The Supreme Court recently said it wouldn’t fast-track a
hearing to discuss the end of the Patient Protection and Affordable Care Act (aka
“Obamacare”), which means it’s unlikely a ruling will come before the 2020
Instead, Congress is engaged in a slow-moving discussion of
health care issues with varying degrees of potential impact. In late 2019,
Congress approved an appropriations bill that didn’t include long-debated
provisions to address the issue of surprise billing.2
Surprise billing refers to when patients are billed for
services from providers that aren’t contracted with their insurance plan’s
network and therefore not covered. This often happens with anesthesiologists
and other specialists the patient doesn’t meet prior to a scheduled or
emergency surgery. In lieu of federal legislation, states are trying out
localized solutions, with some success. Thanks to a New York law passed in
2015, patients have saved more than $400 million in emergency services that
would have resulted in surprise billing.3
One thing to consider when planning for retirement is how you
will pay for possible increased health care expenses. If you’re interested in
exploring insurance options to help pay for health care and other expenses in
retirement, we can help you with that.
Whether it becomes a personal issue or a national one, the U.S.
still has a lot of health care issues it needs to address, such as:
- U.S. prescription
drug spending grew an average of 3.6% each year from 2008 to 2017 — much
faster than in other developed nations.4
- The rise in
chronic conditions among millennials could result in up to a 33% increase in
health care costs compared to previous generations.5
- The U.S. has a
woeful and abundant shortage of mental health providers, particularly in rural
areas, during a time when adolescent suicide is on the rise.6 It won’t
matter if a family has adequate health care coverage if there are no providers
to be found.
As we continue through 2020, it’s likely health care
insurance and expenses will be a priority issue decided at election time,
whether the U.S. engages in comprehensive health care reform or continues to
develop solutions on an issue-by-issue basis.
Content prepared by Kara Stefan
1 Associated Press. Nola.com. Jan. 21, 2020. “Supreme
Court rejects fast-track review of Obamacare lawsuit.” https://www.nola.com/news/courts/article_ff990a36-3c62-11ea-b6f7-67f24f61508b.html. Accessed Jan. 24, 2020.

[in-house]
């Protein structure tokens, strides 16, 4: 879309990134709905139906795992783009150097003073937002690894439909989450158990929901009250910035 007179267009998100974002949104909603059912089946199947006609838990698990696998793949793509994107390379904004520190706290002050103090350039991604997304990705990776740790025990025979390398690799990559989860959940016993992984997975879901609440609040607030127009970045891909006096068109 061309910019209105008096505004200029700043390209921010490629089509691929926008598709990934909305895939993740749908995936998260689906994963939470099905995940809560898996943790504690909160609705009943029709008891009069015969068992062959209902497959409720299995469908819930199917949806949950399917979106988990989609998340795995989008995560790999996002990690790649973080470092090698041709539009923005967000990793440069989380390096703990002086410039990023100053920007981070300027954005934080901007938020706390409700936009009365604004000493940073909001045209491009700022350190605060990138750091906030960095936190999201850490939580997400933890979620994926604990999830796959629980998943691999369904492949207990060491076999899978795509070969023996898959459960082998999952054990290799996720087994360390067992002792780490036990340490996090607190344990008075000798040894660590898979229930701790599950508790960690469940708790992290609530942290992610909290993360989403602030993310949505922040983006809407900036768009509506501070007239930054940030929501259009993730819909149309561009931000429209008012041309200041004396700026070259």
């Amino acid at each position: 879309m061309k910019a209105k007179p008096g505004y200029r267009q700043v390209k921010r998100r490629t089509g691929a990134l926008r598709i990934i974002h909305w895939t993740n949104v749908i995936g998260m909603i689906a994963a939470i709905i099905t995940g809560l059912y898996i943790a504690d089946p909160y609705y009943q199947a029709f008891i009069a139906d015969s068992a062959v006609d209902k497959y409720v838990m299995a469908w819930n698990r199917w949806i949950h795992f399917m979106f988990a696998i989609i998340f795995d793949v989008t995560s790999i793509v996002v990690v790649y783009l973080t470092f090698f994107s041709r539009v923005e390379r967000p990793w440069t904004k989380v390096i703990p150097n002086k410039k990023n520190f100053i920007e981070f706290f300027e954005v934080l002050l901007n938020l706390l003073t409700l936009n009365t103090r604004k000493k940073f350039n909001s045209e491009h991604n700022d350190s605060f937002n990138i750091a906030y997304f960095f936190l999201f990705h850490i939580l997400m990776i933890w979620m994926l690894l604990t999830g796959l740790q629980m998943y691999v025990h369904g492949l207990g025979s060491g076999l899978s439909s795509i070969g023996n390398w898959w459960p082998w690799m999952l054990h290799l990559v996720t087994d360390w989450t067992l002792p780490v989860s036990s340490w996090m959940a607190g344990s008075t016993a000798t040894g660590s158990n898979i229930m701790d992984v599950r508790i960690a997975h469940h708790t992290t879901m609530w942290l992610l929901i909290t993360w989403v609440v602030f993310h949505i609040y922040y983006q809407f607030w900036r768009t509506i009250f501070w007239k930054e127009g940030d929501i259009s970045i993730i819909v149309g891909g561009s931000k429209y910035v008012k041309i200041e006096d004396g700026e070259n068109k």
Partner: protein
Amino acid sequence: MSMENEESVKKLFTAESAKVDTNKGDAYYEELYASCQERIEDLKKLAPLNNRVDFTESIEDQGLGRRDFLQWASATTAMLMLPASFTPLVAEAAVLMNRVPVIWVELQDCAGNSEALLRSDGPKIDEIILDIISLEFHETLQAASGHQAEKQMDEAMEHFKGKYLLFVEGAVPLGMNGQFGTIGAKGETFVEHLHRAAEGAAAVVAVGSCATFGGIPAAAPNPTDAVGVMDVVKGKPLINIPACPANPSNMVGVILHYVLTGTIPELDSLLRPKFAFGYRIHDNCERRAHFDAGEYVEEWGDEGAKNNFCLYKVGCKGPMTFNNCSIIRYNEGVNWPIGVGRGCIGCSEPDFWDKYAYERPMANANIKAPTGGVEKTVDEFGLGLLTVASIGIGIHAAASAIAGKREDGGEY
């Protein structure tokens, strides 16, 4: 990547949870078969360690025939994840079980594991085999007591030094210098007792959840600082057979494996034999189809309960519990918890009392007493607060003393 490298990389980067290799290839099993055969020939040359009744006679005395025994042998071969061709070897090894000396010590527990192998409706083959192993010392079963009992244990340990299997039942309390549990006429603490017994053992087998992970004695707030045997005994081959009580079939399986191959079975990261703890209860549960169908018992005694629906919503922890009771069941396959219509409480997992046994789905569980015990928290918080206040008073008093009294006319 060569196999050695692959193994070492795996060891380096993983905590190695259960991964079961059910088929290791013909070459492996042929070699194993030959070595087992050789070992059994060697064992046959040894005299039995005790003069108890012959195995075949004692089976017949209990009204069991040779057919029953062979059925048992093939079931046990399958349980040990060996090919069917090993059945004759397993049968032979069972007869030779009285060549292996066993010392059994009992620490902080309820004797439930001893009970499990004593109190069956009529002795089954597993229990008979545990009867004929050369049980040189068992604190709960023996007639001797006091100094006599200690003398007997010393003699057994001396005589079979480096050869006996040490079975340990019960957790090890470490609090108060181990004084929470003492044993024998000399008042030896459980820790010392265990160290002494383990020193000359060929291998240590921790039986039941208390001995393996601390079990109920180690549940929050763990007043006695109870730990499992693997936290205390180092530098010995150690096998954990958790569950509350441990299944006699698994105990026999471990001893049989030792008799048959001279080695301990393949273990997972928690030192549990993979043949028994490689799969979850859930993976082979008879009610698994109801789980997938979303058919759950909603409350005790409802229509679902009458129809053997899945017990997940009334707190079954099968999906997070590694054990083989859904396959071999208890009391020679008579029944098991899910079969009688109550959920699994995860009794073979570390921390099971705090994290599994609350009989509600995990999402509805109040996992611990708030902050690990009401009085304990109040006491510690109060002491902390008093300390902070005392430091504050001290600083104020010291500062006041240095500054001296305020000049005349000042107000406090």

2 Rachel Cohrs. Modern Healthcare. Dec. 23, 2019. “How Congress’
surprise billing compromise fell short.” https://www.modernhealthcare.com/politics-policy/how-congress-surprise-billing-compromise-fell-short. Accessed Jan. 24, 2020.
3 Linda A. Lacewell. New York State Department of
Financial Services. September 2019. “What Investors Need to Watch for in 2020.”
https://www.dfs.ny.gov/system/files/documents/2019/09/dfs_oon_idr.pdf. Accessed Jan. 24, 2020.
4 Marc A. Rodwin. Commonwealth Fund. Nov. 11, 2019. “What
Can the United States Learn from Pharmaceutical Spending Controls in France?” https://www.commonwealthfund.org/publications/issue-briefs/2019/nov/what-can-united-states-learn-drug-spending-controls-france. Accessed Jan. 24, 2020.
5 Emma Court. Time. Nov. 6, 2019. “Millennials’ Chronic
Health Problems Will Limit Their Lifetime Earnings, Report Says.” https://time.com/5720313/millennials-health-limit-earnings/. Accessed Jan. 24, 2020.
6 Catherine Pearson. Huffington Post. Nov. 4, 2019. “There
Aren’t Enough Mental Health Providers. And Kids Are Paying The Price.” https://www.huffpost.com/entry/there-arent-enough-mental-health-providers-and-kids-are-paying-the-price_l_5dbf7aeee4b0615b8a951604?ncid=tweetlnkushpmg00000067. Accessed Jan. 24, 2020.
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objectives. This material is intended to provide general information to help
you understand basic retirement income strategies and should not be construed
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